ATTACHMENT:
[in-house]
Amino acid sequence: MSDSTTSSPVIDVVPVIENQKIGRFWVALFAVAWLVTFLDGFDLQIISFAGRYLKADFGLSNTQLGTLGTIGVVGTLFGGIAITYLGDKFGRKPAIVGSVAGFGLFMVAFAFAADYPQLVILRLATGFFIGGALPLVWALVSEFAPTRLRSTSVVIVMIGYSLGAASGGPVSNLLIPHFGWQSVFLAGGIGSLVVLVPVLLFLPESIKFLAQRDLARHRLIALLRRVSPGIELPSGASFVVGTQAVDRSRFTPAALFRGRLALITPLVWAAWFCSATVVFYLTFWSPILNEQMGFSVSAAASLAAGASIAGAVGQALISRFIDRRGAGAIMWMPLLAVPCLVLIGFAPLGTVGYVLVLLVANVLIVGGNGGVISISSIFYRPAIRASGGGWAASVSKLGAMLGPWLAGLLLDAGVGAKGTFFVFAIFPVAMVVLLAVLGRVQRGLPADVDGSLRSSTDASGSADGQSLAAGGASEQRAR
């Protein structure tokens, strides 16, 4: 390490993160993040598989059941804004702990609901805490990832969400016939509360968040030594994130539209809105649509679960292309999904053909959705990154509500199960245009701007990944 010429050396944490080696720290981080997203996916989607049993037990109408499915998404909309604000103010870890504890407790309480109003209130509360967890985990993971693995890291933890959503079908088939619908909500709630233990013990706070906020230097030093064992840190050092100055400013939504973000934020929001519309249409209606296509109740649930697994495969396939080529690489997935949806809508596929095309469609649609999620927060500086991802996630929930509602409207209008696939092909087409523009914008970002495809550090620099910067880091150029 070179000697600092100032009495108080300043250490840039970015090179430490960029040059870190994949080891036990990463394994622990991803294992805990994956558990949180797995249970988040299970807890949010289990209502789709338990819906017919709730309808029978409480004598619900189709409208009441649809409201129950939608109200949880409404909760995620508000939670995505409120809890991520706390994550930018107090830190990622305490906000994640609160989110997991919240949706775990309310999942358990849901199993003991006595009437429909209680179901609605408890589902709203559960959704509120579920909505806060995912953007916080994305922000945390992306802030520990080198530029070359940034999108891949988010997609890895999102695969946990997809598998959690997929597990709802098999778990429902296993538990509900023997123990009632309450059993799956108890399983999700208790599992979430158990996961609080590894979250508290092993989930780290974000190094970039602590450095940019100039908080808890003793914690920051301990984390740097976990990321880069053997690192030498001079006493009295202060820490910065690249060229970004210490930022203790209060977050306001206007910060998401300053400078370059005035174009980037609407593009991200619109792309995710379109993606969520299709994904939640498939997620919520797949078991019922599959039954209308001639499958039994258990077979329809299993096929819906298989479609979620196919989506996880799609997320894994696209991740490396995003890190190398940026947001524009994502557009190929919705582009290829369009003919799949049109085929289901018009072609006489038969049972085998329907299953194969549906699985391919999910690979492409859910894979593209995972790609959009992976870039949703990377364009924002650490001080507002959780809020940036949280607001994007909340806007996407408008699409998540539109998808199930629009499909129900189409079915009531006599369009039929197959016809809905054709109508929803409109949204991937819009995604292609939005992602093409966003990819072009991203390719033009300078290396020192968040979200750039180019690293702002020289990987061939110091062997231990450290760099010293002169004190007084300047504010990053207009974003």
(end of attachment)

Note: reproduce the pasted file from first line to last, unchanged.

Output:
[in-house]
Amino acid sequence: MSDSTTSSPVIDVVPVIENQKIGRFWVALFAVAWLVTFLDGFDLQIISFAGRYLKADFGLSNTQLGTLGTIGVVGTLFGGIAITYLGDKFGRKPAIVGSVAGFGLFMVAFAFAADYPQLVILRLATGFFIGGALPLVWALVSEFAPTRLRSTSVVIVMIGYSLGAASGGPVSNLLIPHFGWQSVFLAGGIGSLVVLVPVLLFLPESIKFLAQRDLARHRLIALLRRVSPGIELPSGASFVVGTQAVDRSRFTPAALFRGRLALITPLVWAAWFCSATVVFYLTFWSPILNEQMGFSVSAAASLAAGASIAGAVGQALISRFIDRRGAGAIMWMPLLAVPCLVLIGFAPLGTVGYVLVLLVANVLIVGGNGGVISISSIFYRPAIRASGGGWAASVSKLGAMLGPWLAGLLLDAGVGAKGTFFVFAIFPVAMVVLLAVLGRVQRGLPADVDGSLRSSTDASGSADGQSLAAGGASEQRAR
């Protein structure tokens, strides 16, 4: 390490993160993040598989059941804004702990609901805490990832969400016939509360968040030594994130539209809105649509679960292309999904053909959705990154509500199960245009701007990944 010429050396944490080696720290981080997203996916989607049993037990109408499915998404909309604000103010870890504890407790309480109003209130509360967890985990993971693995890291933890959503079908088939619908909500709630233990013990706070906020230097030093064992840190050092100055400013939504973000934020929001519309249409209606296509109740649930697994495969396939080529690489997935949806809508596929095309469609649609999620927060500086991802996630929930509602409207209008696939092909087409523009914008970002495809550090620099910067880091150029 070179000697600092100032009495108080300043250490840039970015090179430490960029040059870190994949080891036990990463394994622990991803294992805990994956558990949180797995249970988040299970807890949010289990209502789709338990819906017919709730309808029978409480004598619900189709409208009441649809409201129950939608109200949880409404909760995620508000939670995505409120809890991520706390994550930018107090830190990622305490906000994640609160989110997991919240949706775990309310999942358990849901199993003991006595009437429909209680179901609605408890589902709203559960959704509120579920909505806060995912953007916080994305922000945390992306802030520990080198530029070359940034999108891949988010997609890895999102695969946990997809598998959690997929597990709802098999778990429902296993538990509900023997123990009632309450059993799956108890399983999700208790599992979430158990996961609080590894979250508290092993989930780290974000190094970039602590450095940019100039908080808890003793914690920051301990984390740097976990990321880069053997690192030498001079006493009295202060820490910065690249060229970004210490930022203790209060977050306001206007910060998401300053400078370059005035174009980037609407593009991200619109792309995710379109993606969520299709994904939640498939997620919520797949078991019922599959039954209308001639499958039994258990077979329809299993096929819906298989479609979620196919989506996880799609997320894994696209991740490396995003890190190398940026947001524009994502557009190929919705582009290829369009003919799949049109085929289901018009072609006489038969049972085998329907299953194969549906699985391919999910690979492409859910894979593209995972790609959009992976870039949703990377364009924002650490001080507002959780809020940036949280607001994007909340806007996407408008699409998540539109998808199930629009499909129900189409079915009531006599369009039929197959016809809905054709109508929803409109949204991937819009995604292609939005992602093409966003990819072009991203390719033009300078290396020192968040979200750039180019690293702002020289990987061939110091062997231990450290760099010293002169004190007084300047504010990053207009974003």